On April 2, Banks and Porter reached Grand Ecore bluff, east of Natchitoches at the La. 6 bridge, where the Corps of Engineers Welcome Center (whose films and displays tell stories of regional history and of Red River’s modern lock-and-dam system) now stands adjacent to breastworks that protected both armies alternately. On April 6, as Porter headed for Shreveport, Banks ignored the advice of other officers and detoured inland, without naval protection, on the Shreveport-Natchitoches Stagecoach Road. He arrived in the Pleasant Hill/Mansfield vicinity on April 7, although fireworks had begun between units merging on the region as early as April 2 when Gen. Tom Green’s Texas cavalry briefly engaged U.S. Gen. Albert Lee at nearby Marthaville in the Battle of Crumps Hill.


Local lore holds firmly that the “Unknown Confederate” buried on the grounds of Rebel SHS, 3 miles north of Marthaville on La.1221, was a young neighbor of the local Barnhill family who had enlisted that very day. Searching Crumps Hill after the battle, the family found his body, buried him at their home and tended the grave for 98 years until the SHS was established there. Crumps Hill Military Museum, 1.8 miles west of Marthaville at 11389 Hwy. 120, stands at the battlesite and houses owner Terry Waxman’s lifetime collection of battle relics. Visitors are welcome 9 a.m.-6 p.m., Monday-Saturday and 1p.m.-5 p.m. Sunday, but call ahead: (318) 472-9033.

For a visit to the main war zone, exit I-49 west on U.S.84 (Polk Street) to Mansfield and turn left on La.175 (Louise Street) – the infamous Stagecoach Road to the battlesite chosen by Taylor because it would offer Banks no sideroads or open lands for flanking or retreat.

As for Banks’ march, imagine 35,000 infantry and cavalrymen crowded between 1,000 wagons with six mules apiece – a 20-mile-long convoy – on a dirt road more narrow than today’s La.175 and utterly walled in by dense pine woodlands. Orderly retreat would be impossible, and Banks’ only hope lay in his conviction that there would be no Rebel attack in force before Shreveport. Despite an April 7 cavalry strike at Wilson’s Farm about 7 miles above Pleasant Hill, the procession resumed at dawn, suffered guerilla-type cavalry attacks all day, and at 4 p.m. came abruptly upon the entire Confederate force blocking the roadway. The men in gray were arrayed in three battle lines, two parallel to the road with one right-angle line forming an “L.”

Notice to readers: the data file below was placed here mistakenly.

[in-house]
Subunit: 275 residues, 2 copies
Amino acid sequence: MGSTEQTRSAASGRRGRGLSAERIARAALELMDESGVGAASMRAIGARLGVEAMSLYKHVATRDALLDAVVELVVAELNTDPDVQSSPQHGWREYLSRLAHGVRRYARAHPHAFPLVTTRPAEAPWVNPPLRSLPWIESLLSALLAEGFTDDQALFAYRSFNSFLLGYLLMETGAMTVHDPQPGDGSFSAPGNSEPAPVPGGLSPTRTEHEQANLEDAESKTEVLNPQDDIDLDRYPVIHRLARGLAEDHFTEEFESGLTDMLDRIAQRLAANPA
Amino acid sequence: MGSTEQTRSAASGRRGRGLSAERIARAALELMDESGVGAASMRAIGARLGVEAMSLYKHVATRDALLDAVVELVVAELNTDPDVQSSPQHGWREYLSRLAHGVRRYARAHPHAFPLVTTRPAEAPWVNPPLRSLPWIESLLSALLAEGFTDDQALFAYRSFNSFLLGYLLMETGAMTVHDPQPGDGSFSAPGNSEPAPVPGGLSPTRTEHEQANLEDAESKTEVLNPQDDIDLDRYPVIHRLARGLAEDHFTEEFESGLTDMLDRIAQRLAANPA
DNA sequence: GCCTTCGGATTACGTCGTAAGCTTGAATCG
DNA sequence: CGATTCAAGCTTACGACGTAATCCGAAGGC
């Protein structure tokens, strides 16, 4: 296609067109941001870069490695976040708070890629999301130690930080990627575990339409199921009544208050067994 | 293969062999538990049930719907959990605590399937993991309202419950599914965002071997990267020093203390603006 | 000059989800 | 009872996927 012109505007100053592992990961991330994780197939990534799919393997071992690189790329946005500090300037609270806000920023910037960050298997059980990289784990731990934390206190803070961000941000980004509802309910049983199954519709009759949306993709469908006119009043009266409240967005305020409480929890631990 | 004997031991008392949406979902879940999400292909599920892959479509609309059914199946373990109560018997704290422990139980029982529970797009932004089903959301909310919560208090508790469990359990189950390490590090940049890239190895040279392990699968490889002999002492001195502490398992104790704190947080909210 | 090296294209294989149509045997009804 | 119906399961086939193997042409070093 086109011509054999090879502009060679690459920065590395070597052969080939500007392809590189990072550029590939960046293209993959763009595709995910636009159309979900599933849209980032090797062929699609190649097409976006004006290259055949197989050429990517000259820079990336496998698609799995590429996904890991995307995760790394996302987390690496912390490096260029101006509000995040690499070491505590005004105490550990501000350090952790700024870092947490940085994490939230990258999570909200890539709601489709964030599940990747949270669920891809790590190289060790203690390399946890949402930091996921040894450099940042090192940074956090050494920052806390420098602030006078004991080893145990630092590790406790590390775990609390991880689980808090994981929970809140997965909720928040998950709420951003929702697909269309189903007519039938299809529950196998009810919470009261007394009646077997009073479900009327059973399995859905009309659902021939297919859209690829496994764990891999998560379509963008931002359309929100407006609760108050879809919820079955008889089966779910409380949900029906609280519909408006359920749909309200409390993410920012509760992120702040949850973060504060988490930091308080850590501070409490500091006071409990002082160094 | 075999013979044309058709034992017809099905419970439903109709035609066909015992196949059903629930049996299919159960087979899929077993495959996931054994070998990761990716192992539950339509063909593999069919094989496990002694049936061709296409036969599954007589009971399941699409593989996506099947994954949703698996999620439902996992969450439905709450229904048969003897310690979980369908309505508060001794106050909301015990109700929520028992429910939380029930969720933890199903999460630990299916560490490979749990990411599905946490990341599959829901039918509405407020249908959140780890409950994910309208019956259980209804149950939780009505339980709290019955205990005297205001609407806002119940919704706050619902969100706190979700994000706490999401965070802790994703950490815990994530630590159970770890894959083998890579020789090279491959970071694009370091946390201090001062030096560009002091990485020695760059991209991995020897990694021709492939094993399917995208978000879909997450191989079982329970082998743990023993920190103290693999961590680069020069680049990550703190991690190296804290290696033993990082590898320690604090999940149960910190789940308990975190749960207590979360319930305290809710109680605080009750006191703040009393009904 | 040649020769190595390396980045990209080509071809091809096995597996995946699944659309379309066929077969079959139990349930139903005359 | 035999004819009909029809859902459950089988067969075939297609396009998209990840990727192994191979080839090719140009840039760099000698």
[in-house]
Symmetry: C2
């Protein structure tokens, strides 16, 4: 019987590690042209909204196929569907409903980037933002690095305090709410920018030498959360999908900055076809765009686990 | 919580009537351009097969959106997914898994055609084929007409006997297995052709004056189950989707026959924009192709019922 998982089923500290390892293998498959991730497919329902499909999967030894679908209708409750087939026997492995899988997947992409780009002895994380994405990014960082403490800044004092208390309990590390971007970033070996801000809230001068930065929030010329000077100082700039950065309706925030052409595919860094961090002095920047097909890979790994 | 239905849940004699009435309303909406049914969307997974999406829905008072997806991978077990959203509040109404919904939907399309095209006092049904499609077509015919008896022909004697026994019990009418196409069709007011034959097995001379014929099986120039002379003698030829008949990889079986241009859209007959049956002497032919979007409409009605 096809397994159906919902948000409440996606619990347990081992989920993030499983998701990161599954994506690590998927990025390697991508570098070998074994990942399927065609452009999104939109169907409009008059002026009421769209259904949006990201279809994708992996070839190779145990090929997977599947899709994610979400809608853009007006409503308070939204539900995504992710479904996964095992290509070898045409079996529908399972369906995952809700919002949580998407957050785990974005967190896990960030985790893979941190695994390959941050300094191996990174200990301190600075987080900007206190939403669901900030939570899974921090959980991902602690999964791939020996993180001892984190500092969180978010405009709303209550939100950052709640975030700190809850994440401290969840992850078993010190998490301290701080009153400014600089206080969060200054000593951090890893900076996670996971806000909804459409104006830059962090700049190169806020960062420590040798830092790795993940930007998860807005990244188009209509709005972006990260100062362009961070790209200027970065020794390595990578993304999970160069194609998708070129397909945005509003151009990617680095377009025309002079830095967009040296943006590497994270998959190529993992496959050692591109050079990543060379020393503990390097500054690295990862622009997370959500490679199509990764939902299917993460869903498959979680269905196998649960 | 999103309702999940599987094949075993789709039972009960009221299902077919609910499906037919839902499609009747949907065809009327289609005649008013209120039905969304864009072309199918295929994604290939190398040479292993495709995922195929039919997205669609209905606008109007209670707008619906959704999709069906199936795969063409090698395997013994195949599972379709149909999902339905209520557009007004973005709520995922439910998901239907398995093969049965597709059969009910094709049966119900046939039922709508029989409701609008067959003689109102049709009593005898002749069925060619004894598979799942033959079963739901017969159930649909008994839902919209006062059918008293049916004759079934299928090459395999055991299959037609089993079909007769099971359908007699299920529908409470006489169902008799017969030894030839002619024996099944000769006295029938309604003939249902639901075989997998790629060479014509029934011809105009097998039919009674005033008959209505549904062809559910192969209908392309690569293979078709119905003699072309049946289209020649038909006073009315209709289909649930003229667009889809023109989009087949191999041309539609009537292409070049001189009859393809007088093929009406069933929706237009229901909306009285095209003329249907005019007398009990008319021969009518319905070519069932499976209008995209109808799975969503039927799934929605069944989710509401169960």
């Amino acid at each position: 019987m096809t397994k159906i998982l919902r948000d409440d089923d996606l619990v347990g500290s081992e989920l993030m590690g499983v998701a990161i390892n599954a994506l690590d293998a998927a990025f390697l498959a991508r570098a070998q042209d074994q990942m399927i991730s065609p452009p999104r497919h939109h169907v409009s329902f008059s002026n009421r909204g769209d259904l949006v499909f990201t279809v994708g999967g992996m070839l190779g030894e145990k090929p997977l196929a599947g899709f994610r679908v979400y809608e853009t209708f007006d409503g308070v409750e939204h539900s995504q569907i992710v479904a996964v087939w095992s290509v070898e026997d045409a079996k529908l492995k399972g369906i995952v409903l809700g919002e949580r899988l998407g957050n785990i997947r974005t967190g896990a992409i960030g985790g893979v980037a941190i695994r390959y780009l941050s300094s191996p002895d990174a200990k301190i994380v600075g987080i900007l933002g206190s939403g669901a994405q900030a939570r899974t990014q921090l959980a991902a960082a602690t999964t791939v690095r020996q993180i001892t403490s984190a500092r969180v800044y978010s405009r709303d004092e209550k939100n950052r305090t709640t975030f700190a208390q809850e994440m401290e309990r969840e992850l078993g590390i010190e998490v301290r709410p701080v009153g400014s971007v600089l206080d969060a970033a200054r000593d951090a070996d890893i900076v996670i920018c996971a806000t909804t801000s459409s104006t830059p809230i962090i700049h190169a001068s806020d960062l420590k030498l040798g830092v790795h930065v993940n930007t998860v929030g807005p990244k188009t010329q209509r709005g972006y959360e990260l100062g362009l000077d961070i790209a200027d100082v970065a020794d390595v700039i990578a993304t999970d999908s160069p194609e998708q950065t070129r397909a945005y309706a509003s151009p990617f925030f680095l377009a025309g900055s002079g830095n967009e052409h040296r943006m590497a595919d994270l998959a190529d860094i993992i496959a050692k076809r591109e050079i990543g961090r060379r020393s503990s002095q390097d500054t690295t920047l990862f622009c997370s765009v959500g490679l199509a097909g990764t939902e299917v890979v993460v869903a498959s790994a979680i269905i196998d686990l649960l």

The first Union division formed an “L” of its own and Taylor, hoping for an unwise Union attack, waited till 4 p.m. when the gallant Alfred Mouton of Lafayette, determined to strike before more Feds arrived from the rear, charged the Union right flank with his Louisiana Infantry regiments. He was killed in the effort, and a daring French prince, Gen. Camille Armand Jules Marie dePolignac, took command of the charge, collapsing the Union right and flanking its center as Taylor’s Texas units destroyed the Union left. A secondary Union line, to the rear at Sabine Crossroads, also quickly fell, and by then Union survivors from the front were in wild flight down the stagecoach road, zigzagging past abandoned wagons, disabled artillery, human casualties and deceased drays. The Rebels pursued, but a ridgetop line at Chapman’s Bayou 2 miles farther down held its ground till fighting ceased for the night, Taylor with 1,000 casualties and Banks with 2,500, plus the loss of his artillery and wagons of munitions and provisions.

Stagecoach Road – Frank Leslie Illustration

A statue of Gen. Mouton, son of Gov. Alexandre Mouton, now stands in Lafayette, and an obelisk at Mansfield marks the spot where he fell and dePolignac earned a place in history.
Mansfield’s museum offers a very helpful film and displays of soldiers’ personal items and weaponry, some guns and artillery pieces quite rare, and a walkabout following the park’s printed Battlefield Guide will clarify the story of this last major Confederate victory of the war.

The old Allen House about three miles below stands as a symbol of dozens of homes and churches that served as field hospitals, and gravestones of those who died on the field or in such hospitals can be found as far away as Keachi, Shreveport and even Minden. Just above Pleasant Hill on 175, an old cistern and historic markers surrounded by modern tombstones mark the site of a long-vanished stagecoach stop where many casualties of both armies were temporarily interred, the cemetery now doubling as a tranquil roadside rest area.

Banks’ army marched off well before dawn on April 9, and when Taylor discovered the departure he followed in haste, the battle beginning at 4 p.m. and raging till dark. It was a draw in terms of casualties, but Banks, now without provisions, immediately retreated to Grand Ecore.

Meanwhile Porter had dutifully arrived below Shreveport, but blocked by a sunken vessel across the river and concerned by the Red’s mysteriously falling water level (unaware of the Confederates blasting a dam at Tones Bayou to divert much of the Red’s flow to Bayou Pierre), he turned back toward Grand Ecore. But things were tough all over. Back at Pleasant Hill, Gen. Taylor was suddenly shorn of three infantry divisions, ordered away to Arkansas by Trans-Mississippi commander Kirby Smith. Now unable to deal Banks a final blow, he could only hope to dog the heels of the Yankees on their retreat and set out to do so, also dispatching 2,500 Texas cavalry with Tom Green to intercept Porter’s retreating fleet at Blair’s Landing, near Coushatta in the immediate vicinity of today’s Red River Lock & Dam No. 4.